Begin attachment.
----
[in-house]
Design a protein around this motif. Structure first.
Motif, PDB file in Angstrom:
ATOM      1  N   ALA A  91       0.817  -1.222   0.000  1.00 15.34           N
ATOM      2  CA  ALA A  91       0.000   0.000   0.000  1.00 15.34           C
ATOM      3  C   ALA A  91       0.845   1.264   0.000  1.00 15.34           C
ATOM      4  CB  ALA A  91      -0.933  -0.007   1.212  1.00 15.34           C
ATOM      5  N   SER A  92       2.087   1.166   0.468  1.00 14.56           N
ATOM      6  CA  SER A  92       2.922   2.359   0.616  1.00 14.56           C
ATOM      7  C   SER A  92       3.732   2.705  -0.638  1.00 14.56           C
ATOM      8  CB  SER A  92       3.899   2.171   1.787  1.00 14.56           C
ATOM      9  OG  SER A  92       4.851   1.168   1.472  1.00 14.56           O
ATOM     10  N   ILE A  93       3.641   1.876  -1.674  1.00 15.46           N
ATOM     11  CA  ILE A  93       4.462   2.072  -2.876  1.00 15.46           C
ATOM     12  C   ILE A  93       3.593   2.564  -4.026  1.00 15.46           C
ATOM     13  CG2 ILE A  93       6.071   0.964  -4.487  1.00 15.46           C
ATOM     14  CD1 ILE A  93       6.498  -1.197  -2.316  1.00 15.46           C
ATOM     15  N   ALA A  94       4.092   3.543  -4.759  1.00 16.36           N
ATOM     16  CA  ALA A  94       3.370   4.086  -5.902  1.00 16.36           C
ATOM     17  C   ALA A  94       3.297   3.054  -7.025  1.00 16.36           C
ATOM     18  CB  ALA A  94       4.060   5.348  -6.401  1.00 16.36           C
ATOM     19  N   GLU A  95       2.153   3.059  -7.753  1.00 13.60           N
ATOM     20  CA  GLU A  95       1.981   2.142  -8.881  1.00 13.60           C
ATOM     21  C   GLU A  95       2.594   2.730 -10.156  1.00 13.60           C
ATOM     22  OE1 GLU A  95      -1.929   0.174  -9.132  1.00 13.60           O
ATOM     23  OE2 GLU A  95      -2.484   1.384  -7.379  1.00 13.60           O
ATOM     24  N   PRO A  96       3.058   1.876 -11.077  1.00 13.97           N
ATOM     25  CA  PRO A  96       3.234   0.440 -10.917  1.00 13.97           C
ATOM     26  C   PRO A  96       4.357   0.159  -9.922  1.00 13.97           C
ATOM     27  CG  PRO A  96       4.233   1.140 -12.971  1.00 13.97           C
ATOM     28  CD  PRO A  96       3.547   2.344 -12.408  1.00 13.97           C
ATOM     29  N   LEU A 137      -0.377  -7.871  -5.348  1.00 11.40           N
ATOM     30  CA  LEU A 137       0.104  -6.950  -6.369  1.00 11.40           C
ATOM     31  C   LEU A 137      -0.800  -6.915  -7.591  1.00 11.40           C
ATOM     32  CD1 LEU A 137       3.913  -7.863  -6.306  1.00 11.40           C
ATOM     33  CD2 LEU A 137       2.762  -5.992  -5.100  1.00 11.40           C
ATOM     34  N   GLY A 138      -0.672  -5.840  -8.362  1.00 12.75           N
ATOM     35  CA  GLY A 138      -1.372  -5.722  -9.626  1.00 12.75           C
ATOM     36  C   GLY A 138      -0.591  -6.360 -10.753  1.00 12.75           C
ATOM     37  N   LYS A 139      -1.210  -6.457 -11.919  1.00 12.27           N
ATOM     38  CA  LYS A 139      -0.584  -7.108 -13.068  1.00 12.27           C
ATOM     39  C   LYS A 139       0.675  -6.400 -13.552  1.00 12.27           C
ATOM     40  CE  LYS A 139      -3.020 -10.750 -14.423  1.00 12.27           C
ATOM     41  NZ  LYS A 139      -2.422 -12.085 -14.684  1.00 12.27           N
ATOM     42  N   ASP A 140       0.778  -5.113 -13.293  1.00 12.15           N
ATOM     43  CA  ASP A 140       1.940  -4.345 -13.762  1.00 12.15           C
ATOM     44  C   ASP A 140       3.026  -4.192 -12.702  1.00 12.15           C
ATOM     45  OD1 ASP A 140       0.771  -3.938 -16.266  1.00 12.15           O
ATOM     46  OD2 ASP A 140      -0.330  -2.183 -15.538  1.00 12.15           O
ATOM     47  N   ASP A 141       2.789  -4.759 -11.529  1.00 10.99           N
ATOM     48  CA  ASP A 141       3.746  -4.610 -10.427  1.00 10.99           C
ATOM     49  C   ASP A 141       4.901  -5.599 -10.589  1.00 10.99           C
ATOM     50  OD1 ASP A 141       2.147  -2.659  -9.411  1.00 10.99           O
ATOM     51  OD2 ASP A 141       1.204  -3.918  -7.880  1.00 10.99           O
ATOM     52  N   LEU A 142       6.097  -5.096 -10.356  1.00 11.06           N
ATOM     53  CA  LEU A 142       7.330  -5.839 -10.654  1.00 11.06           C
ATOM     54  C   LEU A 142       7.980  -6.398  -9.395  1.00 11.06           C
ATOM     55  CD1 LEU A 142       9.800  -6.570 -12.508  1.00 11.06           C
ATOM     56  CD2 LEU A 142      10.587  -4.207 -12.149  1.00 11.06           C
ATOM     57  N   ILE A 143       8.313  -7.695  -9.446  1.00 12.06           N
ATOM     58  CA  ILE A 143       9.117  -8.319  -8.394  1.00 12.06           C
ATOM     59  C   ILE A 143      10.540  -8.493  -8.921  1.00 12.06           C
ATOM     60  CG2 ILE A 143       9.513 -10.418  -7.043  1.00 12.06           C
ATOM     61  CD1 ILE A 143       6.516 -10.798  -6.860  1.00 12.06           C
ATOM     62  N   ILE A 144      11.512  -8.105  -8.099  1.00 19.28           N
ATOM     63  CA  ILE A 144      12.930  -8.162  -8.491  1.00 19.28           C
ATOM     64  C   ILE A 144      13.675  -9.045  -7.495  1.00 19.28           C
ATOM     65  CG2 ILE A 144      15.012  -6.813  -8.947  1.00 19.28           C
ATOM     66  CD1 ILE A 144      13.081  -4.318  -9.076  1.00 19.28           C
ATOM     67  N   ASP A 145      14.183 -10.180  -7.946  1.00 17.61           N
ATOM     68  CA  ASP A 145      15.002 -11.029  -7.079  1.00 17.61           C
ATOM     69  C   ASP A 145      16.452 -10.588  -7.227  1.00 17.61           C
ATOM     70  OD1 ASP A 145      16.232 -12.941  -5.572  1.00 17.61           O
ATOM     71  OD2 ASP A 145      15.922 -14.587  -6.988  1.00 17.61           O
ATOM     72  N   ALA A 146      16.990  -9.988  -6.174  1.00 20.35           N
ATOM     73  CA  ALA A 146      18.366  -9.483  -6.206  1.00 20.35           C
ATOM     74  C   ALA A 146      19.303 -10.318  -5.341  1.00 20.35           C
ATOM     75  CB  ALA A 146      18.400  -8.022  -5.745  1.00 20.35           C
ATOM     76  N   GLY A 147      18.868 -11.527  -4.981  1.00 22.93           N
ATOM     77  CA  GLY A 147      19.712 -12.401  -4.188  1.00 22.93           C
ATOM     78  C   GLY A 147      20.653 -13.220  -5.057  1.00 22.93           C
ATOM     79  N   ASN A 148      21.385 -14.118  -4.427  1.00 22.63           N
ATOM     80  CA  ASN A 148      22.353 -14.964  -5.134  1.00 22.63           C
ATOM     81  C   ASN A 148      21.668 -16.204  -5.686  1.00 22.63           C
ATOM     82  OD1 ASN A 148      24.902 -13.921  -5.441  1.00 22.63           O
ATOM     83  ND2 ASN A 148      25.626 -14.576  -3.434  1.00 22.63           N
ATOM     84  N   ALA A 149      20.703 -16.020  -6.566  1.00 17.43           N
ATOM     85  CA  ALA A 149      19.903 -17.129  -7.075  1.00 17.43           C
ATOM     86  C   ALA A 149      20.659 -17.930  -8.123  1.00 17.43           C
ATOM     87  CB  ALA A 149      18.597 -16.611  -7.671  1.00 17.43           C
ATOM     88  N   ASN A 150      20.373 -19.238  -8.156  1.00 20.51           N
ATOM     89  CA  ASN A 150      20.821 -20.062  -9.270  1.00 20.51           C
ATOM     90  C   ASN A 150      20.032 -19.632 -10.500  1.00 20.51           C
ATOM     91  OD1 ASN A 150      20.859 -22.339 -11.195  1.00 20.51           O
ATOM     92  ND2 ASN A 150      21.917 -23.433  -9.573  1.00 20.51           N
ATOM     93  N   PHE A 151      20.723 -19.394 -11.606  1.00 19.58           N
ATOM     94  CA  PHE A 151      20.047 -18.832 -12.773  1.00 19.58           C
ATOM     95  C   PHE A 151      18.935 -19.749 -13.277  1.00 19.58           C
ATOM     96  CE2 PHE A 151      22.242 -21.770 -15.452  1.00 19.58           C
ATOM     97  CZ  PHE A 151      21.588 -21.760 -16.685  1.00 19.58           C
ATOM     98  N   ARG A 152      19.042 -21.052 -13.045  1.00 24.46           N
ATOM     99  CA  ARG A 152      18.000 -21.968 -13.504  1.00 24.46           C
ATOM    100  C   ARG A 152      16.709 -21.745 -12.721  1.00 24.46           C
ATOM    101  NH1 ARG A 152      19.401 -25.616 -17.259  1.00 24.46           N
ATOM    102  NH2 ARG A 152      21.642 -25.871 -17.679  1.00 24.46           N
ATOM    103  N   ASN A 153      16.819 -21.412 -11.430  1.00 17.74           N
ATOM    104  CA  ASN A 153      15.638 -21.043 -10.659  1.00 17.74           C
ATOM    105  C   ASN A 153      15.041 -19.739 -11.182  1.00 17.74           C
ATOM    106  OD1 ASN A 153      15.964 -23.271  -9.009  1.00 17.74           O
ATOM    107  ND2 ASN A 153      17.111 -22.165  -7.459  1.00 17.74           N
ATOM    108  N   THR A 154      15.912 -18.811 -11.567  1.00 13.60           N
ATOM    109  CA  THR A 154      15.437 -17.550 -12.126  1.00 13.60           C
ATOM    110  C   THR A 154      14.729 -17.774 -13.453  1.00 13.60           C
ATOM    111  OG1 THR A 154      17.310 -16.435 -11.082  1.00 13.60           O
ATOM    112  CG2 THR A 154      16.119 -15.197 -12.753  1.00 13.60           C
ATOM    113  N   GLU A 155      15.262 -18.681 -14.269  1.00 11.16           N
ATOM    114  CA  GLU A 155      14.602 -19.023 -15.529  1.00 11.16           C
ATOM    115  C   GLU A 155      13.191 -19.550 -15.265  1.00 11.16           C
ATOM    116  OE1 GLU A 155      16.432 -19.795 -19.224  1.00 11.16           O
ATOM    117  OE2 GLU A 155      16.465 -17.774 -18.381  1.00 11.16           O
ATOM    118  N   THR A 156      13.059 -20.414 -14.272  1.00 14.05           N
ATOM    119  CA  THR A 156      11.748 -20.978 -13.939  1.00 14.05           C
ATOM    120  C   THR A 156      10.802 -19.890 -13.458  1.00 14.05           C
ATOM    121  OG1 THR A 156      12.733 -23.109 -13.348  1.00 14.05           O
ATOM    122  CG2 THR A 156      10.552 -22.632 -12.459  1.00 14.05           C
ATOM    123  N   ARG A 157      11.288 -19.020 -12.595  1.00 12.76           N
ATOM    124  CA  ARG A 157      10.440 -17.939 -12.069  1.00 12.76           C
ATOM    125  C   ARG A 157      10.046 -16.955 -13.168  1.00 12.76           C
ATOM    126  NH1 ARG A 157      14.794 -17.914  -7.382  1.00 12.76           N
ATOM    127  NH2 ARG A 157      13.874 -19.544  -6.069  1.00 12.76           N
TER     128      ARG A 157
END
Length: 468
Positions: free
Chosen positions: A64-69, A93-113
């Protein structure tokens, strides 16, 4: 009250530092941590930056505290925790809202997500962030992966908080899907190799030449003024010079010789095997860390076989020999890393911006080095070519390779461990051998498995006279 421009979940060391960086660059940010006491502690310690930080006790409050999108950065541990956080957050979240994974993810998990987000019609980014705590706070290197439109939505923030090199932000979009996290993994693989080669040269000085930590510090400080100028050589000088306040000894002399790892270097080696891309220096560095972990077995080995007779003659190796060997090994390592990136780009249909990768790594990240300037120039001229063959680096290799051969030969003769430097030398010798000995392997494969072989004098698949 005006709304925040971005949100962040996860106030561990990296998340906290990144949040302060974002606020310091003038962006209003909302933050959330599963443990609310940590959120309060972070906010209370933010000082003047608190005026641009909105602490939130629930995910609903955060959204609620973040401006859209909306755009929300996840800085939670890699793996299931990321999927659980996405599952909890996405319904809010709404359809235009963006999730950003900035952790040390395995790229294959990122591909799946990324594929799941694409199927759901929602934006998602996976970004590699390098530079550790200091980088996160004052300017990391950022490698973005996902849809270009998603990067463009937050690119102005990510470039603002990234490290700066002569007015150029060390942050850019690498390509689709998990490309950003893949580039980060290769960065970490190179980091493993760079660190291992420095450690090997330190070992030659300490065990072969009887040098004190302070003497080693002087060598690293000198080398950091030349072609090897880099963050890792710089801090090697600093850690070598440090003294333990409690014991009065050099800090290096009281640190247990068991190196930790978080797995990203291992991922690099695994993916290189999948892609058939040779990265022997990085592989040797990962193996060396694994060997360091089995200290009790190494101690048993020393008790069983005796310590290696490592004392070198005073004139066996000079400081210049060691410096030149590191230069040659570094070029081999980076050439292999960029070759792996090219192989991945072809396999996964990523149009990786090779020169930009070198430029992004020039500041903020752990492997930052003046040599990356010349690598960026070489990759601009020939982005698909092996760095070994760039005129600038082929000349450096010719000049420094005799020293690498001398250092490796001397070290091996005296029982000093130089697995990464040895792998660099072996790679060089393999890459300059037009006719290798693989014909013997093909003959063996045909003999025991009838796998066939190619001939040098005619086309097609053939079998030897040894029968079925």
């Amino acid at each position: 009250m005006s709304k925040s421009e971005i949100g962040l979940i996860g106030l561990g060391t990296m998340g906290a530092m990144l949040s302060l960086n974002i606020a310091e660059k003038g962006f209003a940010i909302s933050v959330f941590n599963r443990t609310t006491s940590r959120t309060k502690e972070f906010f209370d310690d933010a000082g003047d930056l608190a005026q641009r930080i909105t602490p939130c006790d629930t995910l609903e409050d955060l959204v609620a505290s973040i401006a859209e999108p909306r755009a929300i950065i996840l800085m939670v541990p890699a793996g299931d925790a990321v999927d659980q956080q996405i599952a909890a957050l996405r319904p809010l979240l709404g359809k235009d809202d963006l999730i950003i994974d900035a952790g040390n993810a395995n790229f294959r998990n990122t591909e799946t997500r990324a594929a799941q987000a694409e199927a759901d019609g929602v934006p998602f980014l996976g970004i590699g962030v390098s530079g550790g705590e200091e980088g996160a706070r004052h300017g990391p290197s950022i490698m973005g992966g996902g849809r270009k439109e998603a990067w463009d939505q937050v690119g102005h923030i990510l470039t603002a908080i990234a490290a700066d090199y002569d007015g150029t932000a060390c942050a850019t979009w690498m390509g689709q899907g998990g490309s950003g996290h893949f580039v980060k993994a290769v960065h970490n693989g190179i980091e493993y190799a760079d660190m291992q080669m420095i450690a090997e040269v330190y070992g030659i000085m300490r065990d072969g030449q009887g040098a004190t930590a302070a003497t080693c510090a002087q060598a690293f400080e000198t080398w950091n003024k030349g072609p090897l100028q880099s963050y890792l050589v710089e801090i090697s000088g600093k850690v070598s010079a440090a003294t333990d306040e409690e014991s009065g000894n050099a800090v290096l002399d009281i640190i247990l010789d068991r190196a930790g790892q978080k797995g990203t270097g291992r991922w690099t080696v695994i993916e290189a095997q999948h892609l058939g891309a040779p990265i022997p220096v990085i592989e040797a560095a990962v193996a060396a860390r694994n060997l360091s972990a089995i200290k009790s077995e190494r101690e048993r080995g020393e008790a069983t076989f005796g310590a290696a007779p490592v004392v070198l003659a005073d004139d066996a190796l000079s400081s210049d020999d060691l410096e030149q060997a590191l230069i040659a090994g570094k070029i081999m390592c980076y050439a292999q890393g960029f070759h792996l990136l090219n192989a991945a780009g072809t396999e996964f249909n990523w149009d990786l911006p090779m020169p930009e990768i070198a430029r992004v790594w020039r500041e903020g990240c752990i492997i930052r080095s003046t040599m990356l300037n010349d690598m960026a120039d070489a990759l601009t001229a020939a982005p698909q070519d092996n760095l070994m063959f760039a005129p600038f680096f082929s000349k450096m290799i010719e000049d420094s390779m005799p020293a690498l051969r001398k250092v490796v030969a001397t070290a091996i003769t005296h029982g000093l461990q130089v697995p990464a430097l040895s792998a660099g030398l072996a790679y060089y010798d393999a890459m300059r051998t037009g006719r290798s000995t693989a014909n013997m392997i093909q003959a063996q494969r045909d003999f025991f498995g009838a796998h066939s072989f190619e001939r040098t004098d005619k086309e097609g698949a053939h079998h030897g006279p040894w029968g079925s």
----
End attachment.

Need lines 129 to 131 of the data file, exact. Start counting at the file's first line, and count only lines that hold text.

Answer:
ATOM    126  NH1 ARG A 157      14.794 -17.914  -7.382  1.00 12.76           N
ATOM    127  NH2 ARG A 157      13.874 -19.544  -6.069  1.00 12.76           N
TER     128      ARG A 157